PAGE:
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    What GAO Found In April 2020, GAO identified 21 priority recommendations for the Environmental Protection Agency (EPA). Since then, EPA has implemented six of those recommendations by, among other things, taking actions to better track and promote water utilities' implementation of asset management and updating its guidance on testing for lead in drinking water at schools. In June 2021, GAO identified seven additional priority recommendations for EPA, bringing the total number to 22. These recommendations involve the following areas: assessing and controlling toxic chemicals; reducing pollution in the nation's waters; ensuring cybersecurity at EPA; addressing data, cybersecurity, and risk communication issues for drinking water and wastewater infrastructure; managing climate change risks; and protecting the nation's air quality. EPA's continued attention to these issues could lead to significant improvements in government operations. Why GAO Did This Study Priority open recommendations are the GAO recommendations that warrant priority attention from heads of key departments or agencies because their implementation could save large amounts of money; improve congressional and/or executive branch decision-making on major issues; eliminate mismanagement, fraud, and abuse; or ensure that programs comply with laws and funds are legally spent, among other benefits. Since 2015 GAO has sent letters to selected agencies to highlight the importance of implementing such recommendations. For more information, contact Mark Gaffigan at (202) 512-3841 or gaffiganm@gao.gov.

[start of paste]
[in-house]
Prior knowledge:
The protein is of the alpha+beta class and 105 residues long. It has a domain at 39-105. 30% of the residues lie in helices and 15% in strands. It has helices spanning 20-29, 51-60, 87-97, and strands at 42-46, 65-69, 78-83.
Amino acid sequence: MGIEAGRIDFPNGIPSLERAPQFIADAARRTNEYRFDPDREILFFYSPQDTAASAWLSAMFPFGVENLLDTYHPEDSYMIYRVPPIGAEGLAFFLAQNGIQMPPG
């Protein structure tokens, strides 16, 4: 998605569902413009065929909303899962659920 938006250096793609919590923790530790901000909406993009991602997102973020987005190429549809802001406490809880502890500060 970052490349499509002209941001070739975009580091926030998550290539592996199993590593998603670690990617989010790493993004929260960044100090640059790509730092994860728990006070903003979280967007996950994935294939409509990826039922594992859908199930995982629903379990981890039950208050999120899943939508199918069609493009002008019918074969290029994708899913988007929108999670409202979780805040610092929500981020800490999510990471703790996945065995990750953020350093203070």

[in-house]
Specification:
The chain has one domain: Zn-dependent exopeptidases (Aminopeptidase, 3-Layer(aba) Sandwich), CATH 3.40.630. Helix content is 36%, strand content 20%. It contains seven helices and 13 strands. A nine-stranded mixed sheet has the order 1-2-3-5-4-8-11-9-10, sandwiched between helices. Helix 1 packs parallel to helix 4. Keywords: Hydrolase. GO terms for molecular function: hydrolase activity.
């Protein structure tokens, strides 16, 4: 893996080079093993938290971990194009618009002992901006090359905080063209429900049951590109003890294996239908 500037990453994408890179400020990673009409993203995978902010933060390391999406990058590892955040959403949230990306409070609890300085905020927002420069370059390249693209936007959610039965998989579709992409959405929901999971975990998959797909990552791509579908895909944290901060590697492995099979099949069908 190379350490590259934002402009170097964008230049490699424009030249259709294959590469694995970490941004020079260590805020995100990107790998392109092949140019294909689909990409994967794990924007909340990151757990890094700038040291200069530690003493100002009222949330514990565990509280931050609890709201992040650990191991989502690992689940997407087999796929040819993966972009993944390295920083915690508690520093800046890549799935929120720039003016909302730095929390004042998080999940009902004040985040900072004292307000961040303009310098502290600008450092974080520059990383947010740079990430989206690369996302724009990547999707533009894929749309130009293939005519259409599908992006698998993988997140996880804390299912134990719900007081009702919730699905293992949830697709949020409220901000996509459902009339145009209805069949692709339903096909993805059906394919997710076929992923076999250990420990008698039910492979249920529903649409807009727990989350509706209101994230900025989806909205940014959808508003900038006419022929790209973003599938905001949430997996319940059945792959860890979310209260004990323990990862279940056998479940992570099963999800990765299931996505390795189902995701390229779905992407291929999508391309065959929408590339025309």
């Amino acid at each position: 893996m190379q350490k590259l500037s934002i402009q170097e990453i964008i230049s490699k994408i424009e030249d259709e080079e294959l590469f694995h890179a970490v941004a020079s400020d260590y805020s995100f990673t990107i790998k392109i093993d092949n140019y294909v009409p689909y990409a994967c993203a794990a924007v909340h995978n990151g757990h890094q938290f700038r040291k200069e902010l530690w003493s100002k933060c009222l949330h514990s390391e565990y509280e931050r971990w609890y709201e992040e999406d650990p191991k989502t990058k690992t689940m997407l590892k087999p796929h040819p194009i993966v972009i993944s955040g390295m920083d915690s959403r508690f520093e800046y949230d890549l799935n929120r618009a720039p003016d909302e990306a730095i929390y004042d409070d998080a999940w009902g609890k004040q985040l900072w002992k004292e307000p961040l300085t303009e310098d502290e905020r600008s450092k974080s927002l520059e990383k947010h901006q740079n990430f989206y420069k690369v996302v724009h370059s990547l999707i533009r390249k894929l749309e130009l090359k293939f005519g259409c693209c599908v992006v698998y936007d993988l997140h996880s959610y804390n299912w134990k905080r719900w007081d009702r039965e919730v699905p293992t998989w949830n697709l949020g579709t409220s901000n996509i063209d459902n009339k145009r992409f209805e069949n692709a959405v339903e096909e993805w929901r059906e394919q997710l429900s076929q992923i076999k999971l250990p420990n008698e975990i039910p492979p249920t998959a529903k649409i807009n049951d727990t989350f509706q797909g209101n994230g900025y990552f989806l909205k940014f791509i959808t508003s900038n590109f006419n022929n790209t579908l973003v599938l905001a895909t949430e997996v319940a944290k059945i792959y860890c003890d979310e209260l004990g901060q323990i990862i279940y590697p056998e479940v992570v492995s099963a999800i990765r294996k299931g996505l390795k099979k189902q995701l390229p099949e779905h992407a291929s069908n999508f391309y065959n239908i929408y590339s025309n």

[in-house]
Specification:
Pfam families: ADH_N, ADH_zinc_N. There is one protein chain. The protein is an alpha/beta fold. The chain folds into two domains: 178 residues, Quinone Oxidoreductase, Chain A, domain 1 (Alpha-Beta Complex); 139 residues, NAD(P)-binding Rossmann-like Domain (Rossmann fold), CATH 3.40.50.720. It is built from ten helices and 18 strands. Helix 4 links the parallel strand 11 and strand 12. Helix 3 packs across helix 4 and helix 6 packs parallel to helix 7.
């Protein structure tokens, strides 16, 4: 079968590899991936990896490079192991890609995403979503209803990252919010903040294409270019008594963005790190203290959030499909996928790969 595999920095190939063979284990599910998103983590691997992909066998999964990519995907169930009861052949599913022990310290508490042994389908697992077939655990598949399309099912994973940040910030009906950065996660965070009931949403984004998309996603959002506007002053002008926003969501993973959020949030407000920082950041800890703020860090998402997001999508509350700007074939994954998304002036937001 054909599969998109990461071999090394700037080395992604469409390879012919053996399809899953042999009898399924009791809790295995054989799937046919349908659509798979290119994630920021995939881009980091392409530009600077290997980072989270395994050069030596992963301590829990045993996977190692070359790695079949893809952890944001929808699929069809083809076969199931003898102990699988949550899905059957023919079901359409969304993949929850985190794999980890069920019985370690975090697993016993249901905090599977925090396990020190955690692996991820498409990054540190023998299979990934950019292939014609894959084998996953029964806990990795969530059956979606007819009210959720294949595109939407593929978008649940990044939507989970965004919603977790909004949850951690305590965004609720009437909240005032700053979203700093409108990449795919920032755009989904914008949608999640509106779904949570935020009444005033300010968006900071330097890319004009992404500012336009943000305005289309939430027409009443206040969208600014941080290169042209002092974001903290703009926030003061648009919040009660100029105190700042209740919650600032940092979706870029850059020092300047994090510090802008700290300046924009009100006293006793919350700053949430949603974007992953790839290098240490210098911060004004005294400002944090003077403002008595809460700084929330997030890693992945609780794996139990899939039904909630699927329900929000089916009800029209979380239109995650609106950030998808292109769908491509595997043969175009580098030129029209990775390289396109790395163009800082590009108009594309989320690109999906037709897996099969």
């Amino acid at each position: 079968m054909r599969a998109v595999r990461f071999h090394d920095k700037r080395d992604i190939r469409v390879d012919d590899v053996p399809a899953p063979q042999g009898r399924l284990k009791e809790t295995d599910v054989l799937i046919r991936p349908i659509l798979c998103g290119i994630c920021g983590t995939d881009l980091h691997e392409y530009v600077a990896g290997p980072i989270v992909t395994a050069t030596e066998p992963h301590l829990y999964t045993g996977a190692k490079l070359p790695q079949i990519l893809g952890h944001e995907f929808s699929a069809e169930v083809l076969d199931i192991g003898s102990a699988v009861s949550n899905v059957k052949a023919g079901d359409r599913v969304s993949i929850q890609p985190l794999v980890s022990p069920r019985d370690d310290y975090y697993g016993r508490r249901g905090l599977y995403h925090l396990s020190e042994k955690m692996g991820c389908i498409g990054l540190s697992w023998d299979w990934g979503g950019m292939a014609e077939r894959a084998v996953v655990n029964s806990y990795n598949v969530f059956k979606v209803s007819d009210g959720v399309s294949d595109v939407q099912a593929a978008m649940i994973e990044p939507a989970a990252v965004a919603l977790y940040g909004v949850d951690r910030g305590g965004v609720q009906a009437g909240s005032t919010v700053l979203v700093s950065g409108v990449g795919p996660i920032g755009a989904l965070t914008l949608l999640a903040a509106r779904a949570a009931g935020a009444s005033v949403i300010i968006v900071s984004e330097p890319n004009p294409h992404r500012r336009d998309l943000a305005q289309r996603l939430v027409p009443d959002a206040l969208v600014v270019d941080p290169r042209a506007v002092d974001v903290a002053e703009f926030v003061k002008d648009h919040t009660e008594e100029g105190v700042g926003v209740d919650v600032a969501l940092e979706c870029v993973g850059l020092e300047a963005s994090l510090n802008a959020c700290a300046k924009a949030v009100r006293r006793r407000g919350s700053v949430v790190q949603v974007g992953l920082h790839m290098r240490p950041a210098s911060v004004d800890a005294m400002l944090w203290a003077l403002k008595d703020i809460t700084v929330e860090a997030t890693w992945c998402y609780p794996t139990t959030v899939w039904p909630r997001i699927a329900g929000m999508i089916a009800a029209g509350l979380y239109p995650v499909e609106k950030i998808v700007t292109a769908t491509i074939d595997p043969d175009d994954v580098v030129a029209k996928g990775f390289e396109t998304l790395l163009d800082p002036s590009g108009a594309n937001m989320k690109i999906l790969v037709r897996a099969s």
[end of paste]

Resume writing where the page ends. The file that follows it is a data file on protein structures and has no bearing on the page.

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  • United States Files False Claims Act Complaint Against Drug Maker Teva Pharmaceuticals Alleging Illegal Kickbacks
    In Crime News
    The United States has filed a False Claims Act complaint against Teva Pharmaceuticals USA Inc. and Teva Neuroscience Inc. (Teva), alleging that they illegally paid the Medicare co-pays for their multiple sclerosis (MS) product, Copaxone, through purportedly independent foundations that the companies used as conduits in violation of the Anti-Kickback Statute, the Department of Justice announced today. 
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  • Department of Defense: Eating Disorders in the Military
    In U.S GAO News